Dusseldorf to Muenster: 90 mins (130 km)
Where to stay in Muenster:
Stay in a former brewery.
Eating out: Top restaurants in Muenster.

Principalmarkt in Muenster

Quick Stop in Osnabrueck

Osnabrueck is rarely discussed as a tourist destination but I like it for the colourful merchant houses and the compelling Felix Nussbaum Haus which depicts the struggles of the artist during WWII and his violent death.

Muenster to Osnabrueck: 50 mins (60 km)
Where to stay in Osnabrueck:
 Affordable design hotel.
Eating out: Top restaurants including a Michelin star restaurant in Osnabrueck.

Merchant houses in Osnabrueck Germany

Historic Bremen

Bremen is the only destination on this road trip I have yet to visit but I’ve included it here as I’ve heard it has one of the most important historic old towns in all of Germany. It’s also right on the way from Osnabrueck to Hamburg so it’s hard to miss.

Osnabrueck to Bremen: 70 mins (120 km)
Where to stay in Bremen:
Design hotel with a pool.
Eating out: Top restaurants in Bremen.

RELATED: Bremen’s UNESCO Site and Weird Statues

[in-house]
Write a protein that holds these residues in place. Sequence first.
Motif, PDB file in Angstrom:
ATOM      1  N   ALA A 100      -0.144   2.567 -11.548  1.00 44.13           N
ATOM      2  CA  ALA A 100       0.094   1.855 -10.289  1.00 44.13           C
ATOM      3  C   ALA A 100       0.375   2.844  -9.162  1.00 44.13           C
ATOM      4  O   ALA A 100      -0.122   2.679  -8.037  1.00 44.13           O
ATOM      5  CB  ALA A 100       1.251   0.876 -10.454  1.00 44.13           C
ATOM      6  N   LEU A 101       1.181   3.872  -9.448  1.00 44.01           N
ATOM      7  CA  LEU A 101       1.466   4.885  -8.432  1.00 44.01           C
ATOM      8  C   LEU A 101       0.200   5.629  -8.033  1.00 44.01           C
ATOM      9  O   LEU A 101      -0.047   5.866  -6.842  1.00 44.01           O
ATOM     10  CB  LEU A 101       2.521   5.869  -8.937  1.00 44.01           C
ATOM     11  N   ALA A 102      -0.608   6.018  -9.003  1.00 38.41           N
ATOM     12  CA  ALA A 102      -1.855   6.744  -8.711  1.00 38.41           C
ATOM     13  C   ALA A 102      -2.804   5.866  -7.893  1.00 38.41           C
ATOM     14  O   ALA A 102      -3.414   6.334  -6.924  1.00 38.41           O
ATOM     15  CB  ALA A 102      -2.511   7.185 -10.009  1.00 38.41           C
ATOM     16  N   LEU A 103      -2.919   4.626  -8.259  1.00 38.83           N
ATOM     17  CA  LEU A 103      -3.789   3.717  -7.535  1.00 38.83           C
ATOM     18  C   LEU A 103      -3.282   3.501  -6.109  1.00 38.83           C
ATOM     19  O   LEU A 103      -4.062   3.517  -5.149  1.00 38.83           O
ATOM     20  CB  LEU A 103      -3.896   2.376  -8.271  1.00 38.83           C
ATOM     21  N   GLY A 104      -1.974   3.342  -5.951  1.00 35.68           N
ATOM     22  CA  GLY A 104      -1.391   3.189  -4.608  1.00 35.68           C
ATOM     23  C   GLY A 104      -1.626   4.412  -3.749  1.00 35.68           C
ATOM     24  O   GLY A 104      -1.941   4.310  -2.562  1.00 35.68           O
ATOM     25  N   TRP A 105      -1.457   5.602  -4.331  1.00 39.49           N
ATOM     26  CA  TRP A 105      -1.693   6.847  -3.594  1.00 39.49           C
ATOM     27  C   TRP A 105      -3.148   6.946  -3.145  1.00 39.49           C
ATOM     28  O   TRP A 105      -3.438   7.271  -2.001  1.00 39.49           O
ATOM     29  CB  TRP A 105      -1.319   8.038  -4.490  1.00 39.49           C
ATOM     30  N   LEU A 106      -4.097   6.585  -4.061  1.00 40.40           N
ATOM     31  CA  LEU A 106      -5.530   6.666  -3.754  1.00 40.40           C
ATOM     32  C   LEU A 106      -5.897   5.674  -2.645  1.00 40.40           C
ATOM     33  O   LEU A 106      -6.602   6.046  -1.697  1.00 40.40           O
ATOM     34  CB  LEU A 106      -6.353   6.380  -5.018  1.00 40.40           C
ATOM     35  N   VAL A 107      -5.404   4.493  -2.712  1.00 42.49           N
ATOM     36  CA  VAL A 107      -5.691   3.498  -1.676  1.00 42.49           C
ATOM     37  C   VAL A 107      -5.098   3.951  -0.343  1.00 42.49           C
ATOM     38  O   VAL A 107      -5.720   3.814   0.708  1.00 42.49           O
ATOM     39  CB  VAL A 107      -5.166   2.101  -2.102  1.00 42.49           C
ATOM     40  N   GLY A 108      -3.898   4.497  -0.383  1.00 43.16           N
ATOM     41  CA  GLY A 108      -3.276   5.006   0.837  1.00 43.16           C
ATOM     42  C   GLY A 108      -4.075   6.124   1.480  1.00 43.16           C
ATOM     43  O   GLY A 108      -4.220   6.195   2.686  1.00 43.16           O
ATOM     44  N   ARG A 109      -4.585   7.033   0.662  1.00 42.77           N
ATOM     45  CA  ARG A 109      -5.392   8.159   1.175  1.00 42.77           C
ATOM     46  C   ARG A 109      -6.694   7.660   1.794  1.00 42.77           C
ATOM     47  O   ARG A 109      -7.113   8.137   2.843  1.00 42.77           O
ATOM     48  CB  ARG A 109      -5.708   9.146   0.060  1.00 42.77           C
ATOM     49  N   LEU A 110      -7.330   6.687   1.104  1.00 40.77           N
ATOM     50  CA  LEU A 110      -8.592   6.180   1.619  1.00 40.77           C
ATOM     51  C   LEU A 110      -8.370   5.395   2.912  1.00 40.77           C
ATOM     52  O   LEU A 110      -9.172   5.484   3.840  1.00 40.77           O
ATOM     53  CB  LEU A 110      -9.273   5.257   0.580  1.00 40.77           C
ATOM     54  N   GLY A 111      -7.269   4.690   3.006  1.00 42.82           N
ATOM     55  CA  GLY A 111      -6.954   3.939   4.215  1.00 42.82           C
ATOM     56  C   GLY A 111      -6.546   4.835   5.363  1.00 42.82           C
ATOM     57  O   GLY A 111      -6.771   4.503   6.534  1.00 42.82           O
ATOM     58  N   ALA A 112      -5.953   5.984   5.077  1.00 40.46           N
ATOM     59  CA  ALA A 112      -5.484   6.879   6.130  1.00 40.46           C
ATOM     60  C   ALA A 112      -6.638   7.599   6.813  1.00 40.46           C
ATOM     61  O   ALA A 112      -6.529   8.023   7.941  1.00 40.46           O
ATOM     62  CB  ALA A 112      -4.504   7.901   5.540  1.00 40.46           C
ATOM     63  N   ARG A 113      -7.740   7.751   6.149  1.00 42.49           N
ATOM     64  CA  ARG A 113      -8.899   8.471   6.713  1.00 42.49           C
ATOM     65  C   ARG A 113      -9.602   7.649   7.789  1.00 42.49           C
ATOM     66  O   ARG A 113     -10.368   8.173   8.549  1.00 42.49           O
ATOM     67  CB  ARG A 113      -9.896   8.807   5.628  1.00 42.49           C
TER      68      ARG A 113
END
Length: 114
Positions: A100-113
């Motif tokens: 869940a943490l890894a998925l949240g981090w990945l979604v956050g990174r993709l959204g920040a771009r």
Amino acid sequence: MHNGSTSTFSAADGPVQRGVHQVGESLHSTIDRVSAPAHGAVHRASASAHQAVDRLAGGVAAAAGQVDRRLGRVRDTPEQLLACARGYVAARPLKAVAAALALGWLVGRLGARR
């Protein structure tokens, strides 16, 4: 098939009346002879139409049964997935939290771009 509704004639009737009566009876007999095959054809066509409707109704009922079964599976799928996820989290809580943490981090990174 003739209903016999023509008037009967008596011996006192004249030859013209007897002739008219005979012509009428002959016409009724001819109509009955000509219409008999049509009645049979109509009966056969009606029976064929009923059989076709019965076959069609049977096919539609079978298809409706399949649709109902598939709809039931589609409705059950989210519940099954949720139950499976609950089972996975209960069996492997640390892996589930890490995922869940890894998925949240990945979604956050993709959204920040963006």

Hamburg: Germany’s Coolest City

Hamburg's Town Hall in Winter

As Germany’s second largest city, Hamburg has all the great things you typically find in a big city. Each distinct neighbourhood has something special to offer. St Pauli is the young, trendy neighbourhood with Reeperbahn’s crazy nightlife. Fisherman’s Wharf is not surprisingly the place to go for seafood including the famous fischbrötchen street food. Then there are the hamburgers which can be found throughout the city, from cheap local chains to high end restaurants.

Hamburgers in Hamburg

The white walled arcade near the Town Hall was the first of many shopping streets in Hamburg. This main shopping area has now spread in every direction of the city centre with the most interesting boutique shops being in the Karolinenviertel and Schanzenviertel districts around St Pauli.

Bremen to Hamburg: 70 mins (130 km)
Where to stay in Hamburg:
Boutique hotel in St Pauli.
Eating out: Top restaurants in Hamburg.

Hamburg's Historic Arcades

Hanseatic City: Rostock

Colourful merchant houses replaced the originals bombed during WWII. Rebuilt in a simpler style, Rostock has managed to retain much of its Hanseatic character and history, no doubt due to its prominence during the GDR period. The population decline since the end of the Cold War hasn’t impacted the atmosphere of the city and the main squares are bustling with shoppers, workers and university students.